Ontological Errors Occluded Nature’s Solution

Thesis : Ontological errors in the assumptions of Lienard and Wiechert circa 1900 led to the false conclusion that there was no classical solution to nature. Their research was about unit potential point charges, their spherically expanding potential fields, and the effect of point charge path history.

The assumption errors are :

  1. The magnitude of a point charge is equal to that of the electron or proton, i.e. -1 or +1 for short.
  2. The speed of the spherical potential field emitted by a point charge is c, the speed of light.
  3. The speed of a point charge may not exceed c, the speed of light.

SPOILER ALERT : The only clue you need to solve nature is the chart above. The remainder of this essay has more clues, insights, and solutions.

Assertion / Conjecture:

  • Lienard and Wiechert ‘s assumptions do not model nature.
  • As a result, a deduction was made that classical solutions could not model nature.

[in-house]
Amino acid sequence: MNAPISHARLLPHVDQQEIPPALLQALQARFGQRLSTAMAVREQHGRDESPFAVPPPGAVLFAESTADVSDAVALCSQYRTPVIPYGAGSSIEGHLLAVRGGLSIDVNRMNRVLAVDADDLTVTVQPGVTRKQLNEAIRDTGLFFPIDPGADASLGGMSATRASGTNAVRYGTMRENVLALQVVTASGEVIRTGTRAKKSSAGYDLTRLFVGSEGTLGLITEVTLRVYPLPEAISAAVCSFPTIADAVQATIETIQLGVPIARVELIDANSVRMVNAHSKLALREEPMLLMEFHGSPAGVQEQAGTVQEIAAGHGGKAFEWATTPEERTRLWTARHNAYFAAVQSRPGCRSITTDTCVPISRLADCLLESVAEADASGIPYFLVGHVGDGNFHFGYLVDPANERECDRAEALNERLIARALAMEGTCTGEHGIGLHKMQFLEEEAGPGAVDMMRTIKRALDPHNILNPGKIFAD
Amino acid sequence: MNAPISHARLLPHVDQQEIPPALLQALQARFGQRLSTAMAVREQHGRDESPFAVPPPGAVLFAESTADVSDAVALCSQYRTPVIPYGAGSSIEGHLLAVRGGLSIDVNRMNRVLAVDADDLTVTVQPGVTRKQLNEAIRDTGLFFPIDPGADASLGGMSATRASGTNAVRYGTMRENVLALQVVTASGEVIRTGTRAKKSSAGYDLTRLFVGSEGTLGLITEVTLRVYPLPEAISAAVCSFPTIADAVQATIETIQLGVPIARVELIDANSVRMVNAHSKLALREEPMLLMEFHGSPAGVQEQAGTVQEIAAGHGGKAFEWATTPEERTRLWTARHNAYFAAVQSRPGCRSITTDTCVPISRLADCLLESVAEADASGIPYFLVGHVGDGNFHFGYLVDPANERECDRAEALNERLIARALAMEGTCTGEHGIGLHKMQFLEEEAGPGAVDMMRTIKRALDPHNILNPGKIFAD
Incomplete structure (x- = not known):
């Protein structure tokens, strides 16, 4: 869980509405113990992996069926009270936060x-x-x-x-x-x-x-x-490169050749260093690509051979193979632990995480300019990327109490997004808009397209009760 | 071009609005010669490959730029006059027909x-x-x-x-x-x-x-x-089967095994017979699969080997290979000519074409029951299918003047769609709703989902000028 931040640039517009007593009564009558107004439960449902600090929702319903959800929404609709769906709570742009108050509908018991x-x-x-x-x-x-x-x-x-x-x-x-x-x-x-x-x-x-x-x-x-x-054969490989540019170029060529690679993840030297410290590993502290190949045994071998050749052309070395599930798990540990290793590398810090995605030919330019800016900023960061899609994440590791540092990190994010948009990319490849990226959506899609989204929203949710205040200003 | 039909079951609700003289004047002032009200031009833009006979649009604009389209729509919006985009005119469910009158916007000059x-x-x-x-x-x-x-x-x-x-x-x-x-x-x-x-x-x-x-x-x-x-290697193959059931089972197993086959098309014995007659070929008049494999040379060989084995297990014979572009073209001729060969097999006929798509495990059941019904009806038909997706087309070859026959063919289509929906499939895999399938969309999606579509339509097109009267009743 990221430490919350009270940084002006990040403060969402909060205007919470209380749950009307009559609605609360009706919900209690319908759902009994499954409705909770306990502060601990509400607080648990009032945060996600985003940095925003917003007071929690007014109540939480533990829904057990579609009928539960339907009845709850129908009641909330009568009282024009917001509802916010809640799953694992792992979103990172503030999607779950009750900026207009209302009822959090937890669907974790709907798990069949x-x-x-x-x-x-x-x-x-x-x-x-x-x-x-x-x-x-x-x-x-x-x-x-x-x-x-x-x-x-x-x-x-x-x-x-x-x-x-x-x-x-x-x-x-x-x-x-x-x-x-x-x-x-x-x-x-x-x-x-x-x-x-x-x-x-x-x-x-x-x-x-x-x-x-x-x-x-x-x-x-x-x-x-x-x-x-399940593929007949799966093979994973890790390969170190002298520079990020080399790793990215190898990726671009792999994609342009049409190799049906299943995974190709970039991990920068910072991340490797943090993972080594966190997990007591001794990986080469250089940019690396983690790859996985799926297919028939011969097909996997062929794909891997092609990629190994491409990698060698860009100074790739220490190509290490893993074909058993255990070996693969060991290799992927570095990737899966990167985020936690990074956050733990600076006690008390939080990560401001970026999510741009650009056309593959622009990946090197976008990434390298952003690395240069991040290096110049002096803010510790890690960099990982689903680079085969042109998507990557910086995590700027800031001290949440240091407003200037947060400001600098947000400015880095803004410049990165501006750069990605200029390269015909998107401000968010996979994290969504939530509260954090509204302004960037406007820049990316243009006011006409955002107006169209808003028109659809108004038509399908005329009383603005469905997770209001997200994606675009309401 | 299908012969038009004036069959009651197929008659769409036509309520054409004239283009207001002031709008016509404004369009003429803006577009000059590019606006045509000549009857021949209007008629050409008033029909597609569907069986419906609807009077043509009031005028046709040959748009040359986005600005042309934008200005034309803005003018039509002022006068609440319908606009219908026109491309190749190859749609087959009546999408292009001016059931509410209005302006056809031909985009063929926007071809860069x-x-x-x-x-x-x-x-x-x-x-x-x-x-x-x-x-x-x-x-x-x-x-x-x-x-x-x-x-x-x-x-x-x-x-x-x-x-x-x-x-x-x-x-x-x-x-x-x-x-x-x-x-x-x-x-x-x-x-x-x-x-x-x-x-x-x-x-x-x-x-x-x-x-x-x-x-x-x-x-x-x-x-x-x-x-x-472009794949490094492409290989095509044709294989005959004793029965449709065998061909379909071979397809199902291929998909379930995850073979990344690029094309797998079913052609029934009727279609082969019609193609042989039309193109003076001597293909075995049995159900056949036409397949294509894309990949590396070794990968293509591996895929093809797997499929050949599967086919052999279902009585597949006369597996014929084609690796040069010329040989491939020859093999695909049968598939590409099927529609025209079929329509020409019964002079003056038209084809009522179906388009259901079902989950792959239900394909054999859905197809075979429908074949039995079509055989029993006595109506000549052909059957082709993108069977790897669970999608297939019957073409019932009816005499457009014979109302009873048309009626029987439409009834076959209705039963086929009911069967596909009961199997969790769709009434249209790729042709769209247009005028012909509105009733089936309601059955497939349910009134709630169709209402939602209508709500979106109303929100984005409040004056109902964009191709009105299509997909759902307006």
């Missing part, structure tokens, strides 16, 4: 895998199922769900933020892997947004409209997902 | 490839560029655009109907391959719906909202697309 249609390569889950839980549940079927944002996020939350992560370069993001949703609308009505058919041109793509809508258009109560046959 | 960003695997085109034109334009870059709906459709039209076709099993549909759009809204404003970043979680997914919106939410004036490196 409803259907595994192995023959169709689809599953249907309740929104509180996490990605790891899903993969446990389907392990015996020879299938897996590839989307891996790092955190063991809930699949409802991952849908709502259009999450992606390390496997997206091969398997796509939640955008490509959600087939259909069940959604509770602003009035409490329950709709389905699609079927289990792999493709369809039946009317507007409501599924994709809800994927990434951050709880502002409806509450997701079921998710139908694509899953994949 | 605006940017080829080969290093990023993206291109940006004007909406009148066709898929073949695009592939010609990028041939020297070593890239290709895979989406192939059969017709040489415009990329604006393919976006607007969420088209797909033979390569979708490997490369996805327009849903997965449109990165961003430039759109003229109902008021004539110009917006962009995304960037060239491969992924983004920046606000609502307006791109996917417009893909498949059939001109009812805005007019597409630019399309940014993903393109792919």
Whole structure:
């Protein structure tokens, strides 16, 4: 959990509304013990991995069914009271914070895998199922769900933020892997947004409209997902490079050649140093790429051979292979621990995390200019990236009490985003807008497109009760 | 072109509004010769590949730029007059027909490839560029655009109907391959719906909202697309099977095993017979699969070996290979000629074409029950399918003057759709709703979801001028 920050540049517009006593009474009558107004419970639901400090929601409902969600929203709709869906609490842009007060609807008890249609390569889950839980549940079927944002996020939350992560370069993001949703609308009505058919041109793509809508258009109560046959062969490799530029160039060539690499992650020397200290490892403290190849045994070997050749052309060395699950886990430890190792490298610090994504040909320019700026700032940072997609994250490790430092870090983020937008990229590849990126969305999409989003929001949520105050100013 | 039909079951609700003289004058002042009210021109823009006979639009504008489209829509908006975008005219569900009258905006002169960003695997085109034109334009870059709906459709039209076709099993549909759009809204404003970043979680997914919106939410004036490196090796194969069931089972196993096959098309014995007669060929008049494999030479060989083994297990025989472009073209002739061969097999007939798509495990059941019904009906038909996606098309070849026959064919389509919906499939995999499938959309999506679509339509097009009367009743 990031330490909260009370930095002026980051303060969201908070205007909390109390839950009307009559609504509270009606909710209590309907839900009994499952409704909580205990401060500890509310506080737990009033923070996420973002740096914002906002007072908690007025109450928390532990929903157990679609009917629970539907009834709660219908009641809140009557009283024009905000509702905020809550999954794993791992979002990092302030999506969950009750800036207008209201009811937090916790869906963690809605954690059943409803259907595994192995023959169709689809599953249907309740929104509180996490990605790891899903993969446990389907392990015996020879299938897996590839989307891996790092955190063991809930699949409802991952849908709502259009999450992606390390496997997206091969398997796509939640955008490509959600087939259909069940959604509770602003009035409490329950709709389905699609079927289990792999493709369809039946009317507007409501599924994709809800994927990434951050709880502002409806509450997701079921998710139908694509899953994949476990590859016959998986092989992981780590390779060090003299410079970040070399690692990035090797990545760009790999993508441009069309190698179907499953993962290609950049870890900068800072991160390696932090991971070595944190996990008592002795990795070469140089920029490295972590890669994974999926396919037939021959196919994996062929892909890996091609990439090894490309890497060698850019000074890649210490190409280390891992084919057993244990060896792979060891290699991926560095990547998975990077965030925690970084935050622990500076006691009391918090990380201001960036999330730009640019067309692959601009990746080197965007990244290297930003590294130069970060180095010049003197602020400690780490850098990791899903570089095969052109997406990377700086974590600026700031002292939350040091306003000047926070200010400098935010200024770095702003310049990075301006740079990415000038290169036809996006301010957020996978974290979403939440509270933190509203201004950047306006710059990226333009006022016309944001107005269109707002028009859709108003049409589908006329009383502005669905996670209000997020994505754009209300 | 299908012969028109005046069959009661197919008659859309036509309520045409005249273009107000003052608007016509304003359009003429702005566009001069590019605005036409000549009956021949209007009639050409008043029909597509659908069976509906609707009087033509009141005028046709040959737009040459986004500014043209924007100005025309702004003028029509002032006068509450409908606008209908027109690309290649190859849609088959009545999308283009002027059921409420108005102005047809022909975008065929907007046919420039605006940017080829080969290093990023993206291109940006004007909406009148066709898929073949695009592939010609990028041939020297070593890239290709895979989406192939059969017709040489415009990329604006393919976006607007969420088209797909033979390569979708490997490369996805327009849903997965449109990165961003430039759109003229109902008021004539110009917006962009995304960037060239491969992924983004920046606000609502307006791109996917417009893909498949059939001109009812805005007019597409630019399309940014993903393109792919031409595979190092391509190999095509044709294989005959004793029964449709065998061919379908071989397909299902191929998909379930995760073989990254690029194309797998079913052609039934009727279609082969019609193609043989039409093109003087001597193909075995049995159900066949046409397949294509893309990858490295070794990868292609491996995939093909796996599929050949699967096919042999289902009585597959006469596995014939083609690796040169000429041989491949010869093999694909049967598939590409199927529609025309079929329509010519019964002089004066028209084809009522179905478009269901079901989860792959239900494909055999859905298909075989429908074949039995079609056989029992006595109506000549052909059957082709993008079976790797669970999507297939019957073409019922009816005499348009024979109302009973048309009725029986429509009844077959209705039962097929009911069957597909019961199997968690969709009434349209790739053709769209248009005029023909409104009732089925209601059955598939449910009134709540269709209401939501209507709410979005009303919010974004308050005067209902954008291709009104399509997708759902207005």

• Hence the diversion to “effective theories” of general relativity and quantum mechanics that enabled technological progress, but have failed to discover the implementation of nature.

So now what? It appears that not only do general relativity and quantum mechanics express no implementation in nature, they also abandoned classical theory on a very tenuous and perhaps naive set of assumptions. Ergo, it is reasonable to consider other assumptions, and a neoclassical model.

Let’s lay down some minimal ground rules for a neoclassical model.

  1. Zero woo. No appeal to anything mystical or non-causal.
  2. The neoclassical model, at maturity, must match observations, possibly with reframing of general relativity or quantum theory.
  3. There should be ontological and mathematical mappings between the neoclassical model and general relativity and quantum theory.

These are the minimal requirements for a neoclassical theory, but of course the advanced insights into nature and the resulting technology are the real test of the model.